Inflation Falls to Three Year Low
Inflation reached its lowest rate since 2016, falling to 1.7% in August, which suggests that interest rates are unlikely to rise in the near future. This is lower than the expected rate of 1.9% and the Bank of England’s 2% target. The rate is down from 2.1% in July.
According to the Office for National Statistics, consumer prices were pushed down in August by a range of recreational and cultural goods and services such as toys and hobbies, alongside clothing and sea fares. The rise in the price of flights was the largest counter to this downward course, while food costs also increased.
The low rate means inflation is still below earnings growth with the latest data from the Office for National Statistics showing average weekly earnings were rising by approximately 4% year on year. However, the pound fell 0.4% against the dollar following the inflation announcement which weakens the purchasing power.
The Bank of England is unlikely to raise interest rates at times of low inflation as it aims to grow the economy especially in view of the Brexit fiasco. Of course, lower rates are advantageous to those with mortgages and other loans, although savers continue to face low rates of return on their cash. Whilst individuals should ensure they always hold a sufficient amount in cash to meet short terms needs (at Philip J Milton & Company Plc we typically suggest six months’ worth of expenditure), other investments should be considered if you are holding too much in cash. For those whose cash accounts are providing interest rates below 1.7% will see their cash being eroded by inflation, so alternative investments which seek to achieve returns in excess of inflation should be held alongside more secure cash based funds.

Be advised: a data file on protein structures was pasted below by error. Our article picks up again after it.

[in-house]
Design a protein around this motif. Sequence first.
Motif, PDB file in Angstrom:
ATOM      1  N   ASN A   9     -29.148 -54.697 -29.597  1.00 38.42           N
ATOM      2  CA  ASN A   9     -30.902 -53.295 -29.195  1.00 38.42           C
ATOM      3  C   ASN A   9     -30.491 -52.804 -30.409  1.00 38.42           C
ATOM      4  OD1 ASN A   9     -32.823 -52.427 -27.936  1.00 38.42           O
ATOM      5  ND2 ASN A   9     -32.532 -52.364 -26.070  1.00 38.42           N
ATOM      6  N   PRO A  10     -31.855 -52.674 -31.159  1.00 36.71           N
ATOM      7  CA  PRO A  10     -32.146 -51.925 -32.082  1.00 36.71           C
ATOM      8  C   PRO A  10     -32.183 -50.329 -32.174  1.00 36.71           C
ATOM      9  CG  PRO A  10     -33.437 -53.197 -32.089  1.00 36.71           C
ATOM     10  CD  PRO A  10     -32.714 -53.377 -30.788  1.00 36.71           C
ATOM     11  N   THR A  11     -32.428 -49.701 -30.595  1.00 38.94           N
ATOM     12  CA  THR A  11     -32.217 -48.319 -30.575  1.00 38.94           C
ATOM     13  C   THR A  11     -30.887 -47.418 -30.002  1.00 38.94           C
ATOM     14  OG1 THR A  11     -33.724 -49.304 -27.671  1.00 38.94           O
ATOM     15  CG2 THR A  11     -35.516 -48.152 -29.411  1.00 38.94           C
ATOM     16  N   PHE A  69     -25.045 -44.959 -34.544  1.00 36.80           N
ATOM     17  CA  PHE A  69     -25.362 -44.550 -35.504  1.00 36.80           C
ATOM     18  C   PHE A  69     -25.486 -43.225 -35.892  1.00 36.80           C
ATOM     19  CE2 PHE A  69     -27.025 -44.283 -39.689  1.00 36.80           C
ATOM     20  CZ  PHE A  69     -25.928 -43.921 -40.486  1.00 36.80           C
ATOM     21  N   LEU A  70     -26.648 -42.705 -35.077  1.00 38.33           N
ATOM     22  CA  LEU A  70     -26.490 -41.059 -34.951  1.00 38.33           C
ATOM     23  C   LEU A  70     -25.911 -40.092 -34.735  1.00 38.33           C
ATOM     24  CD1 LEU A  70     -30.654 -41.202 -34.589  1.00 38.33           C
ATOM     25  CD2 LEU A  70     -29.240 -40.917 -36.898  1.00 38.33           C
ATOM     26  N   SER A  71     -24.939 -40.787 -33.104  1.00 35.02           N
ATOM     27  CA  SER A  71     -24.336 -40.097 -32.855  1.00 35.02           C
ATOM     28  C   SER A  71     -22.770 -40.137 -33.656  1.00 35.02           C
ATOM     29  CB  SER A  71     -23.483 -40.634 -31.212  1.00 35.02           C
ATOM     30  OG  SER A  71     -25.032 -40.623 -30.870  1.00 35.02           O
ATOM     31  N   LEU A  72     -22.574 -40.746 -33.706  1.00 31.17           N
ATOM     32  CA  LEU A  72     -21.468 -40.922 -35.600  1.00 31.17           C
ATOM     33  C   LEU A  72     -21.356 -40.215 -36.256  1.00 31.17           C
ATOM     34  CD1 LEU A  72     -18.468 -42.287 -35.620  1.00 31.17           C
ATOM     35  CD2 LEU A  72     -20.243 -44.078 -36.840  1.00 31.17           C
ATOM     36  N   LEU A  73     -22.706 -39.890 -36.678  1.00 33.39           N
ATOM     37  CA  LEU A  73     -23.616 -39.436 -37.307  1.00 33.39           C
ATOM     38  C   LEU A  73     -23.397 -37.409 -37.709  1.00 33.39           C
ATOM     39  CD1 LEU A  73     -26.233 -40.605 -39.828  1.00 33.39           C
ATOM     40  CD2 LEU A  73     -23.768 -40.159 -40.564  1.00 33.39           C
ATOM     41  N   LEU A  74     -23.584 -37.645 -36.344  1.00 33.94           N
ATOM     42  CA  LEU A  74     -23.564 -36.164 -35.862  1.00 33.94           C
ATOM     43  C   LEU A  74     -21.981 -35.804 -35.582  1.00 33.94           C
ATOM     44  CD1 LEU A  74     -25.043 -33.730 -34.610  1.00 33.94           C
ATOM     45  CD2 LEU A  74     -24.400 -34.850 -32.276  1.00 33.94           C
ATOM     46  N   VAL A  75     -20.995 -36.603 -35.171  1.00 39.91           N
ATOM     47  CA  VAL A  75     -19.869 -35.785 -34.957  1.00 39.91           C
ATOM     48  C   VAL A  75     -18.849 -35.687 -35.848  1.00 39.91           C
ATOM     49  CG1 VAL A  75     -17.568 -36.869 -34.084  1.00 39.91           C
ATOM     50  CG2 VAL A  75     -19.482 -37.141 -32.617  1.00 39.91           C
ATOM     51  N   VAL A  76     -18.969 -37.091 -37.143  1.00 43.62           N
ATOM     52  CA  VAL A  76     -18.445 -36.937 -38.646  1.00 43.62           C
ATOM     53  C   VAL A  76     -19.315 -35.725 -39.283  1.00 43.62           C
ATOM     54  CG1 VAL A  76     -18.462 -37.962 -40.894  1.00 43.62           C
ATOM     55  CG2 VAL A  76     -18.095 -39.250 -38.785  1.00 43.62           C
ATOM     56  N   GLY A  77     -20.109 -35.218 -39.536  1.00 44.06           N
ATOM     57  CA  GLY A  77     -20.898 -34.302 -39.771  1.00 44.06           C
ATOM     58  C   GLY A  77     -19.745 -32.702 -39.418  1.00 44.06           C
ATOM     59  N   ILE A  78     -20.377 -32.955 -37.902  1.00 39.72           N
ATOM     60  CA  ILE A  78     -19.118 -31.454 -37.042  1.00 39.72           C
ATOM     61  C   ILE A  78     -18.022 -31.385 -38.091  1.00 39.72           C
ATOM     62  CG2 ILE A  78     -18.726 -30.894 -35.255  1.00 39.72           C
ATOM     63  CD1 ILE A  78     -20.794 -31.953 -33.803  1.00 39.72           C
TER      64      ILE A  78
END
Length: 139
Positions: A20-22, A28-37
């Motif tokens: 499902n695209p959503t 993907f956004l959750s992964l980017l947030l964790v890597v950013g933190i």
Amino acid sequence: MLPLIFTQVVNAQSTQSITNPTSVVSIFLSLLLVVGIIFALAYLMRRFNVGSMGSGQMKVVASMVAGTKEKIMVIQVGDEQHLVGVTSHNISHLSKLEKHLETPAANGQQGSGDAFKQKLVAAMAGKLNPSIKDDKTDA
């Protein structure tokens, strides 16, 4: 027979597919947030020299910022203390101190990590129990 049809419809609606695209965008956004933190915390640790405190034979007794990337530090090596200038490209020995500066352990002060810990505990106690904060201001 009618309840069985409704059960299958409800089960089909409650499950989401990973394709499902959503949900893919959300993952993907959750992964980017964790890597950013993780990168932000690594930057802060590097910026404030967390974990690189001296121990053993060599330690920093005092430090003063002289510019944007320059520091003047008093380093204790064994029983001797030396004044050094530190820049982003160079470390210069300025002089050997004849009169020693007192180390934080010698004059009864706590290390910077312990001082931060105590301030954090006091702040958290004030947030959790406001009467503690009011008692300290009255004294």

Of course, when seeking higher returns (which the stock market can provide), you do also need to take an element of risk as the value of stock market linked investments can fall as well as rise. In addition, this is not suitable for everyone especially those whose standard of living could be affected if their investments were to fall in value.
Stock market investments can offer income through the payment of dividends and interest and good opportunities for capital appreciation over the longer term. By this, generally we mean periods in excess of five years, preferably much longer. However, we can never promise you particular returns, especially in the short-term. At any point in time but especially in the short term, your capital could be worth less than the original amount invested as some of the selected holdings may fall in value, regardless of expectations at the time of acquisition. We may also invest in funds that hold overseas securities. The value of these investments may increase or decrease as a result of changes in currency exchange rates. Returns achieved in the past cannot be relied upon to be repeated.
If you are concerned that you hold too much in cash and are receiving little return on your money, please contact the office and speak to one of our highly qualified Advisers who can discuss your requirements with you.